by Julie Lawson Timmer
Published: 9/9/14 by Amy Einhorn Books/Putnam
3.5 out of 5 stars
I received an advance copy of this book through the LibraryThing Early Reviewer's program.
Mara has only five days left until she hits the deadline she has set to take her own life. Suffering from a sudden onset of Huntington's Disease, Mara believes that she, her husband and daughter will all be better off when she is dead. Her internet friend Scott is also up against a five day deadline. Scott only has five days left before the foster boy he has grown to love and cherish will be taken away and sent back to his mother. This novel alternates the stories of Mara and Scott as they move through these five days.
Mara's story was probably most compelling for me to read. I can't hardly imagine what it would be like to go from being a successful business woman to someone who could barely manage to complete the simplest of tasks. It makes for fascinating reading. Reading about Mara's struggle with this disease and the affects it had on her family reminded me a lot of Still Alice by Lisa Genova. I had a lot more sympathy for Alice in that book though than I did for Mara in this book. I didn't really like Mara's character, and I didn't agree with a lot of her points of view. So while I found her story interesting, I just didn't care much for her as a character.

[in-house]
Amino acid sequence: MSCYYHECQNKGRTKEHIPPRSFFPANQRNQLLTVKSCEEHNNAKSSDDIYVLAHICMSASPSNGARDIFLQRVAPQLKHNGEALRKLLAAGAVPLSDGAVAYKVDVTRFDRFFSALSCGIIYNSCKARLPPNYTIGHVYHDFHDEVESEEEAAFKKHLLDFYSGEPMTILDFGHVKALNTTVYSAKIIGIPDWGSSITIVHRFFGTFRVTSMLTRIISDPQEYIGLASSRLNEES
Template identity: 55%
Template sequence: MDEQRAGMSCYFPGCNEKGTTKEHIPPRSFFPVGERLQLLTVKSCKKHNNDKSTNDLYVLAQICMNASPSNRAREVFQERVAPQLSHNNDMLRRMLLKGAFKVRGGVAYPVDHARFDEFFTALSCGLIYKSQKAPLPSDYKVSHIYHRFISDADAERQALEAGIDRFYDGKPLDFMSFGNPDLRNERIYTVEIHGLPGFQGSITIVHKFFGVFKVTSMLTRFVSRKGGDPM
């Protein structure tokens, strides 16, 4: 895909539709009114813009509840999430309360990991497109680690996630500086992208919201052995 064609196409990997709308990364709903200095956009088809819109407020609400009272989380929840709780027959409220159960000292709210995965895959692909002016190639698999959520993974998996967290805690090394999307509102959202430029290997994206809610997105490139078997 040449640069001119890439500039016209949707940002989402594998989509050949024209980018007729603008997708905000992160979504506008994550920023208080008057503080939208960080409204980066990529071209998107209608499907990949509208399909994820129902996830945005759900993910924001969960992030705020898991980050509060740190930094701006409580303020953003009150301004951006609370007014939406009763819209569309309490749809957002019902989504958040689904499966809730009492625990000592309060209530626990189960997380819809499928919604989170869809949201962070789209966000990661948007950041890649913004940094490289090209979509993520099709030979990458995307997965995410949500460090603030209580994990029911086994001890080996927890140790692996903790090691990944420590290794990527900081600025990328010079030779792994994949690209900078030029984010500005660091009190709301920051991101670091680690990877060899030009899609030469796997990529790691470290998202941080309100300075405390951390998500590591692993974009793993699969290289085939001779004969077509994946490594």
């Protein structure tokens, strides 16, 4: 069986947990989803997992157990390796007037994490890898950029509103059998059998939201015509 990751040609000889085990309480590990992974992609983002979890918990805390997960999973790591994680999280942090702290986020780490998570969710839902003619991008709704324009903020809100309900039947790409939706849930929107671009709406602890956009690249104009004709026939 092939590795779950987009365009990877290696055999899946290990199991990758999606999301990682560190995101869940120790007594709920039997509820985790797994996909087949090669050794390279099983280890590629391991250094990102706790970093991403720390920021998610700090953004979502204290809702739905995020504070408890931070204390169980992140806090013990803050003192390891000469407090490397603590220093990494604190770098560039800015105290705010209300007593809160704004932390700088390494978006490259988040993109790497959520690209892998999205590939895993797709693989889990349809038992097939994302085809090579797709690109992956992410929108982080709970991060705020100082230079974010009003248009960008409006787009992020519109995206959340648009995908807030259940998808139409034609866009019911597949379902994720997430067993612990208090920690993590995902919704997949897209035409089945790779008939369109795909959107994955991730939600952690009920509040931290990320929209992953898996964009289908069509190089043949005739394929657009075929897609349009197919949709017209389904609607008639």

Scott's story was also interesting for me to read. As a parent, it is hard to imagine what it would be like to take in a child for a year, treat that child as your own, and then have to give the child away.
So both stories are fairly captivating, for me at least, and they easily held my attention through the book. I just didn't really understand the need to tell BOTH stories in this novel. I think the novel could have stood by itself with just one of the stories. Was it necessary to tell them both side by side? The whole concept just felt a little forced to me, like the author came up the idea of telling dual stories about having five days left and then had to come up with the stories that would fit this theme. I'm just not sure the concept was really needed in this case. A novel simply about a woman with Huntington's disease or the struggles of being a foster parent might have been enough.